Number one. When I was a child I had a tremendous fear of murder and robbery. When I was in the fourth grade an elderly woman in our little town was murdered. Someone broke into her house at night. They stole her TV, and they strangled her to death, and it terrified me. But even after they caught the person who did it, I was afraid to sleep in my own bedroom at night. I would ask my mother if I could sleep with her, so she would let me go to bed with her. I felt completely safe, and when I look back on that, I'm really glad my mother gave me that safety instead of being tough and making me sleep in my own bedroom terrified.
Number two is another fear from my childhood, a fear of rodents and dead animals. You know, our childhood home, there were a lot of animals around, you know? A lot of hunters. People would go squirrel hunting and bring back dead squirrels, and I didn't want to touch them. I wanted to be nowhere close to them. Yet, when I talk about this, I think a couple of years ago I was walking down a street in D.C., and on the sidewalk was a dead rat in a pool of blood. And of course I'm fearful of that. But at the same time, I felt very sorry for the rat.
Number three. I have a tremendous fear of water.
Number four. The fear of having to move in with my father's new wife and her family. My parents divorced when I was in junior high school. My dad actually got custody. Because my dad worked the evening shift, my mother was there at the house with us every evening. Then my dad decided to get married and announced that we'd be moving in with his new wife and her family. But it meant I'd be spending the evening with this new family and not with my mom. And so I felt certain, I still do today, that it was really about getting back at my mother and kind of using me as a pawn. And, you know, that's behind me now, but still a very significant kind of mark on my life.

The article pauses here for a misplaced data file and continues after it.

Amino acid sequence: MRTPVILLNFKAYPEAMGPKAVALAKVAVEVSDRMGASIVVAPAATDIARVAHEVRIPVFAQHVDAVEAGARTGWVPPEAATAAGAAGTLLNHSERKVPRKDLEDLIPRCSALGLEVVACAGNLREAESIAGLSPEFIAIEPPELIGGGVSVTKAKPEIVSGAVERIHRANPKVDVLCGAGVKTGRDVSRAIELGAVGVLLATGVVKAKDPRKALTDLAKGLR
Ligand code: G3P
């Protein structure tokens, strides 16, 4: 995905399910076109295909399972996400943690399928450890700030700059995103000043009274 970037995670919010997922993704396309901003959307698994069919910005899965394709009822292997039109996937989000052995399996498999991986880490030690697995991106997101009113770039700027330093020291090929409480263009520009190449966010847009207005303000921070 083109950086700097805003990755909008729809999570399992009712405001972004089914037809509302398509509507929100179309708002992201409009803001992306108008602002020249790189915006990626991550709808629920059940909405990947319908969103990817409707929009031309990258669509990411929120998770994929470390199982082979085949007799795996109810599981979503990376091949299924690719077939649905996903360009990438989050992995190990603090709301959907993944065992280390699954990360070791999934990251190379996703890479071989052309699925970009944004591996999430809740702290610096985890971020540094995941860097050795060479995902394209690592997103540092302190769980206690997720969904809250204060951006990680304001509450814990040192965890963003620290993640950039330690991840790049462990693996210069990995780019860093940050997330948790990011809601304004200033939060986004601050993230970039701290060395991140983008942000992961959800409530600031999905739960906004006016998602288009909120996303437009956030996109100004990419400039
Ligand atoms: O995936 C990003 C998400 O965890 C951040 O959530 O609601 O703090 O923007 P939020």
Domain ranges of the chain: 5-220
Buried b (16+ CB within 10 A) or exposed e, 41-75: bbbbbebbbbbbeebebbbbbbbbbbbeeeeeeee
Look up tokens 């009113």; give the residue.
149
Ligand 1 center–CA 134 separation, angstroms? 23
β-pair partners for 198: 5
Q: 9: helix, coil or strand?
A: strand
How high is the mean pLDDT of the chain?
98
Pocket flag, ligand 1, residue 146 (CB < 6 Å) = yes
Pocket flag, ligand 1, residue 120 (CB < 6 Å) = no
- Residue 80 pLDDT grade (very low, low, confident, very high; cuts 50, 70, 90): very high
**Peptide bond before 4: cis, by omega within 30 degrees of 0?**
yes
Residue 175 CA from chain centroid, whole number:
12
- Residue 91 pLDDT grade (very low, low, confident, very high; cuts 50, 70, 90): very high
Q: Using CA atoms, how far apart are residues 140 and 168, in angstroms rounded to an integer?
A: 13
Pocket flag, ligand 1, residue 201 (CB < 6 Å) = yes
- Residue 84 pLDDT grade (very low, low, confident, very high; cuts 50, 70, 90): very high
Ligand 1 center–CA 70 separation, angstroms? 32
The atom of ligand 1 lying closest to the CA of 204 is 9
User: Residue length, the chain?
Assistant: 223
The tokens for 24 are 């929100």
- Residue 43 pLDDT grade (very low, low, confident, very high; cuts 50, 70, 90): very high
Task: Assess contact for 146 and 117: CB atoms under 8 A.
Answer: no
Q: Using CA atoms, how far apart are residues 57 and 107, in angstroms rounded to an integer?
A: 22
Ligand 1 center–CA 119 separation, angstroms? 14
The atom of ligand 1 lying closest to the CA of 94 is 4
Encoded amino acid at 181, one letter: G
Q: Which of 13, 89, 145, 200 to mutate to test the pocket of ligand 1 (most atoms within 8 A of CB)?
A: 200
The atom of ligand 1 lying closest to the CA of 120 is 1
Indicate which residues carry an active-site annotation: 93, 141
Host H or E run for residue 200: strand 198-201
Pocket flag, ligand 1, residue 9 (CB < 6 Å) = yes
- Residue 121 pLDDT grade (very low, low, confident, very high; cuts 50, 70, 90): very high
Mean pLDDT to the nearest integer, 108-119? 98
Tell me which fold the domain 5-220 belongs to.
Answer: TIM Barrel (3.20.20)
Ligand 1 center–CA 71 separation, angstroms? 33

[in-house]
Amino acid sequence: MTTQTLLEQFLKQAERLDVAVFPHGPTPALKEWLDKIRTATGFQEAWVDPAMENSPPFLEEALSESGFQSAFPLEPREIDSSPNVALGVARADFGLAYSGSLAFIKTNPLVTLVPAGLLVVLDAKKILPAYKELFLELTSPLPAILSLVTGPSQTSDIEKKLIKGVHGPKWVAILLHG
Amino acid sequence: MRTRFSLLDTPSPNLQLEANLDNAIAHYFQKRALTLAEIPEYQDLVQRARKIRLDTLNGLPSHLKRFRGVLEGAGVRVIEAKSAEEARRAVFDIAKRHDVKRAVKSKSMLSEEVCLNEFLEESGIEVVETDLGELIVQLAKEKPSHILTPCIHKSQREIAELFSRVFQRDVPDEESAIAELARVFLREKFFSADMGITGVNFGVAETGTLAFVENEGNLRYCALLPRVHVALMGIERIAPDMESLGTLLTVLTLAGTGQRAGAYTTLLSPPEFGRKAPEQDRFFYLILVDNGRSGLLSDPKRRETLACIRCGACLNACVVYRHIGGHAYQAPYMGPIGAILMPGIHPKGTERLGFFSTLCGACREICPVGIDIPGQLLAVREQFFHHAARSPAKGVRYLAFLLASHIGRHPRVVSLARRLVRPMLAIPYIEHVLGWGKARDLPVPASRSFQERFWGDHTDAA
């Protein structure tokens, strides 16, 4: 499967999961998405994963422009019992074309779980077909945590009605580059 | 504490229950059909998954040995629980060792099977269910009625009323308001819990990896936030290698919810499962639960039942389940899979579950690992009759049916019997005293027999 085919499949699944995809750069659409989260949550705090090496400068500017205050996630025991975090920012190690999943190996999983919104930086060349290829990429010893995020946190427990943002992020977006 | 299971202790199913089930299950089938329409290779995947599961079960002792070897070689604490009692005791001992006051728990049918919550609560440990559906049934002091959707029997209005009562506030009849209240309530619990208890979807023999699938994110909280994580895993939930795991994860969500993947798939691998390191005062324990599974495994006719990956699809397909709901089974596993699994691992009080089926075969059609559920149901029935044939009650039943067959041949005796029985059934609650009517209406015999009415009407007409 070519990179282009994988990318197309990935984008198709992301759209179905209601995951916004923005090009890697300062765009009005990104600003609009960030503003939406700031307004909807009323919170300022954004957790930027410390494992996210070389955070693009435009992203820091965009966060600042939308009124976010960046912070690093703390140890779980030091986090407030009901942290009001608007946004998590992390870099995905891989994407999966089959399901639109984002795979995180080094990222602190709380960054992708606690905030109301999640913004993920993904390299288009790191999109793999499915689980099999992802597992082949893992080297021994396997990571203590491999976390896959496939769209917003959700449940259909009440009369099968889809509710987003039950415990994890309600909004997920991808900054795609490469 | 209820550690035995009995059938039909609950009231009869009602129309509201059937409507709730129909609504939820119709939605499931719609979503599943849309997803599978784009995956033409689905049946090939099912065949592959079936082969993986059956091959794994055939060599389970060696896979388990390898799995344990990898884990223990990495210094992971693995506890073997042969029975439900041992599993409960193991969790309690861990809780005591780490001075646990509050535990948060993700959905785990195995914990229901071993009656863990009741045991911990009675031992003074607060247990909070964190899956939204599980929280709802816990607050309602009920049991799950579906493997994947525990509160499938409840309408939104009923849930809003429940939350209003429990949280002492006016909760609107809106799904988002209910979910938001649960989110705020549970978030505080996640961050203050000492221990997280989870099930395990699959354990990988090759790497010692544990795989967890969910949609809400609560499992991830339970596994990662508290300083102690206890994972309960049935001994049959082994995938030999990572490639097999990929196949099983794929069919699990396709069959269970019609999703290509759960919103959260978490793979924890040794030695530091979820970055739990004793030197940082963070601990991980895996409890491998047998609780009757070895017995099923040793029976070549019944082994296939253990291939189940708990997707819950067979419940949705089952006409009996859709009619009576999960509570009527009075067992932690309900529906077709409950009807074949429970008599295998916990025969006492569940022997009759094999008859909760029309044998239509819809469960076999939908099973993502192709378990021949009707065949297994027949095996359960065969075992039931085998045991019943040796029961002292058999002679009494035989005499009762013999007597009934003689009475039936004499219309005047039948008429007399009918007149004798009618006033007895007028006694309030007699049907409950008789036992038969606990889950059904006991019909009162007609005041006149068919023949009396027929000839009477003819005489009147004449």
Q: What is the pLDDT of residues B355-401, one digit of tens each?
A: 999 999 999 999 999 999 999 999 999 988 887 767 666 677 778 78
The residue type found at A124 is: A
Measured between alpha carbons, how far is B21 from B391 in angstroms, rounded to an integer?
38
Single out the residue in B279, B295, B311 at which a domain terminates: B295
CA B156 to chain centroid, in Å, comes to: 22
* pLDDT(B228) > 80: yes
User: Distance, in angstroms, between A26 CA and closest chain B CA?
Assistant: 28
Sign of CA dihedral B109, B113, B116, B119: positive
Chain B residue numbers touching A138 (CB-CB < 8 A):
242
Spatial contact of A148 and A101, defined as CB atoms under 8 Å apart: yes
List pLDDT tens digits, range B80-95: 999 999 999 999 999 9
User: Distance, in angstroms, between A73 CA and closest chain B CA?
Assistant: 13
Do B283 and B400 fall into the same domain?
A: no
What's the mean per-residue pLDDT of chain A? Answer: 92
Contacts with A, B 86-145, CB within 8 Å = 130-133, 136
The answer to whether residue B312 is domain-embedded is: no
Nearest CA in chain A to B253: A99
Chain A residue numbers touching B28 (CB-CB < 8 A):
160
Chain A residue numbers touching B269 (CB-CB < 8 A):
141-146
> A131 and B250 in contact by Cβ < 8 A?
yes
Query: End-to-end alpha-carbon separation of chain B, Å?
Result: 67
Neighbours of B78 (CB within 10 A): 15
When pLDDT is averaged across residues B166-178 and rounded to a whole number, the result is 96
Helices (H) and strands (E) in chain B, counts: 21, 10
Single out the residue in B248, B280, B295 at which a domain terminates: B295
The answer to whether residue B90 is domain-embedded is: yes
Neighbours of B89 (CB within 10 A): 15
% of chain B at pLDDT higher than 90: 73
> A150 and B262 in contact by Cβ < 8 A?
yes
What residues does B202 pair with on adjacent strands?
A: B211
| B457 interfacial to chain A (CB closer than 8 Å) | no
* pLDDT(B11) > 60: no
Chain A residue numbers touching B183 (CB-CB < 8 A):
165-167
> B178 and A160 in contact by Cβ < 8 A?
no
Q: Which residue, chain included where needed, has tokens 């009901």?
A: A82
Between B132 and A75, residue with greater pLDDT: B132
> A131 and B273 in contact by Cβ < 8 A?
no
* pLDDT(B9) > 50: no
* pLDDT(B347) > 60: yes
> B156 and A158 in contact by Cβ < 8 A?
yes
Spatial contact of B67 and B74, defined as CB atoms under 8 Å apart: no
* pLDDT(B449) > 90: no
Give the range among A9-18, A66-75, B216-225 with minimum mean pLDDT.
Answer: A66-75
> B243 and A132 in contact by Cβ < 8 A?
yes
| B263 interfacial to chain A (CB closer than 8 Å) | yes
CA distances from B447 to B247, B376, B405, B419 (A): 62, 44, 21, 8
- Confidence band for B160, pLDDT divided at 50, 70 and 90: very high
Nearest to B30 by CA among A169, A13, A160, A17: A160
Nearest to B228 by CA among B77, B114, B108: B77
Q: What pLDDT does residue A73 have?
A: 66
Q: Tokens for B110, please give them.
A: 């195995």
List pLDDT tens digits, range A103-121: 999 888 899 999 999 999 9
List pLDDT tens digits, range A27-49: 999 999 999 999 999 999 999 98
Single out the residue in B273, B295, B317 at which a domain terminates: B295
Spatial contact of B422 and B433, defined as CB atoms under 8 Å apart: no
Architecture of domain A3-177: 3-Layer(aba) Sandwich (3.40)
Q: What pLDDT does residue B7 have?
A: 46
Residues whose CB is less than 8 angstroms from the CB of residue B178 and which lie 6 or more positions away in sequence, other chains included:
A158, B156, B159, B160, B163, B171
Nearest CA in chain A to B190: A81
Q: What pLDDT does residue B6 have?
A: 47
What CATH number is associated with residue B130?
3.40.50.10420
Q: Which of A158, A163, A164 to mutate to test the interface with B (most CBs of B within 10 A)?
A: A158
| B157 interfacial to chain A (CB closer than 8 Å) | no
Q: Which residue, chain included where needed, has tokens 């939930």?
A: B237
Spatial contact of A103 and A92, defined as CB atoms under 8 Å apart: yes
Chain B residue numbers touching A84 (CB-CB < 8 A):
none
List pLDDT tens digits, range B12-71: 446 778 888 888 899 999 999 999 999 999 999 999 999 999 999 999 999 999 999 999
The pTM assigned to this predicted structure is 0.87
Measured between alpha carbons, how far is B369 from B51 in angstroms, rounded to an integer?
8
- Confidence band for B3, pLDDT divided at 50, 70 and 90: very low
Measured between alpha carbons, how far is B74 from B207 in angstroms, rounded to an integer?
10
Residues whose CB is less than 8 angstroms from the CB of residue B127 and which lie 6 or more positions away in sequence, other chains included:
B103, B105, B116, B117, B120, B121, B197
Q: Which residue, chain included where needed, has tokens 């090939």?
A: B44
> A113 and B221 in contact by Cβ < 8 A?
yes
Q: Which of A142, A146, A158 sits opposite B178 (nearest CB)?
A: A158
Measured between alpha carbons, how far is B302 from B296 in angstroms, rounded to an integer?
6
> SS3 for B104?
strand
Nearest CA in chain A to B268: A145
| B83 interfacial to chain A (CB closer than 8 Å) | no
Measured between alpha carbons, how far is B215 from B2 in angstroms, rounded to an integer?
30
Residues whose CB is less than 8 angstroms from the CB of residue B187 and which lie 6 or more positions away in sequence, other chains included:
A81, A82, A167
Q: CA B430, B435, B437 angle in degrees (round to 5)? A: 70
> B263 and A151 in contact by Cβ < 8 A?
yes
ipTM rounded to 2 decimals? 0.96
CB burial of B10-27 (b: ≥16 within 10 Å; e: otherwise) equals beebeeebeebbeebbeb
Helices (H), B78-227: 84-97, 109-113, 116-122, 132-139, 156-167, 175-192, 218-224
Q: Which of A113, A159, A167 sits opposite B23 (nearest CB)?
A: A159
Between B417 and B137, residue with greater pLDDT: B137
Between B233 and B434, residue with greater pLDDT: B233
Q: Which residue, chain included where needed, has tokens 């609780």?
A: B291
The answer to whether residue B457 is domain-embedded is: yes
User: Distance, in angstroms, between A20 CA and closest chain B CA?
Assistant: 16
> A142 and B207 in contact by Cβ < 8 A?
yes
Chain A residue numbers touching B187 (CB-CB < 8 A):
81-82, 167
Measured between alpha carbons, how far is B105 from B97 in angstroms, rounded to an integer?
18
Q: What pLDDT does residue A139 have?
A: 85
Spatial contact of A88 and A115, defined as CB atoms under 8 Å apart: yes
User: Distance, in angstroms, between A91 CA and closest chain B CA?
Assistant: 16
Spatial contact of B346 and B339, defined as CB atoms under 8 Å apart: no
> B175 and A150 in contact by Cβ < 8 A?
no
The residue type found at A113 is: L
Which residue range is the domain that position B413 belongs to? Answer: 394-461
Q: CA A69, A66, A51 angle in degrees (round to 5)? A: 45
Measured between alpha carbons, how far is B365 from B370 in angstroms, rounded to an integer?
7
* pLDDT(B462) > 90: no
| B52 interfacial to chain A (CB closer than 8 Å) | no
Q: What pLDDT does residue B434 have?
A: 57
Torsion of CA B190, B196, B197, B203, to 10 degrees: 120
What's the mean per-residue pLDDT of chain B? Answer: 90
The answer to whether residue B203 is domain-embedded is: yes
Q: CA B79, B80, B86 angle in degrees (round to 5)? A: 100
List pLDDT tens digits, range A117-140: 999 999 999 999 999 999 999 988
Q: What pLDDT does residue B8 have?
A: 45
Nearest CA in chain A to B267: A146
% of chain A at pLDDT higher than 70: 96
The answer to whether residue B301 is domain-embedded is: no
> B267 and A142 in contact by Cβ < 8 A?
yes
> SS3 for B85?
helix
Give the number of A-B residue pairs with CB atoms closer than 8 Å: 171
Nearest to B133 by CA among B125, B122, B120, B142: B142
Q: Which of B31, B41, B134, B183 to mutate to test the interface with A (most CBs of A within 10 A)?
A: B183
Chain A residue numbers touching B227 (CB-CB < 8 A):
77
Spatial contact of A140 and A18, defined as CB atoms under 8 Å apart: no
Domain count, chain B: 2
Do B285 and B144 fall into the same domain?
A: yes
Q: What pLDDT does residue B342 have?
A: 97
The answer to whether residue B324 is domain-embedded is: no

Number five. How I'm going to react when my dog Gus dies.
Six. How I'm going to react when my mom is gone.
Number seven. The impact of the lack of civil discourse on the future of our country.
Number eight. My fear that LGBT rights will be rolled back and/or won't progress in the future.
Number nine. A fear of men. I grew up in a small town in West Virginia, blue collar town, very conservative, and I didn't fit in. I mean, I took piano lessons. I was a drum major in junior high school, and then the worst was by the time I got to high school I became a featured twirler. I mean, I twirled one baton, two batons, hoop batons, flag batons. This was a baton that you put kerosene on both ends, lit it on fire, and twirled it at football games. The ridicule I got for that was so unbearable. I mean, in our small town, if I went out on the weekends I was openly being ridiculed. And it was never girls. It was always boys. Eventually, to fit in, I got married to a woman. We have a wonderful daughter. That lasted for fifteen years. And finally I just couldn’t live the lie anymore. So when I was thirty-nine I came out and got a divorce and started dating men. And my husband Jeff and I have now been together for twenty-two years. And I’m happy to say that once I came out I became comfortable with men. In fact, I'm going to go to lunch today with my friend Justin and he's about as much of a man's man as you can imagine. But he's a good friend. He's totally comfortable with me and I'm totally comfortable with him. But until I came out, I basically didn't have relationships with men.
And finally, number ten. The fear of running out of money before I die.
My name is Eddie Atkins. And these are 10 things that scare me.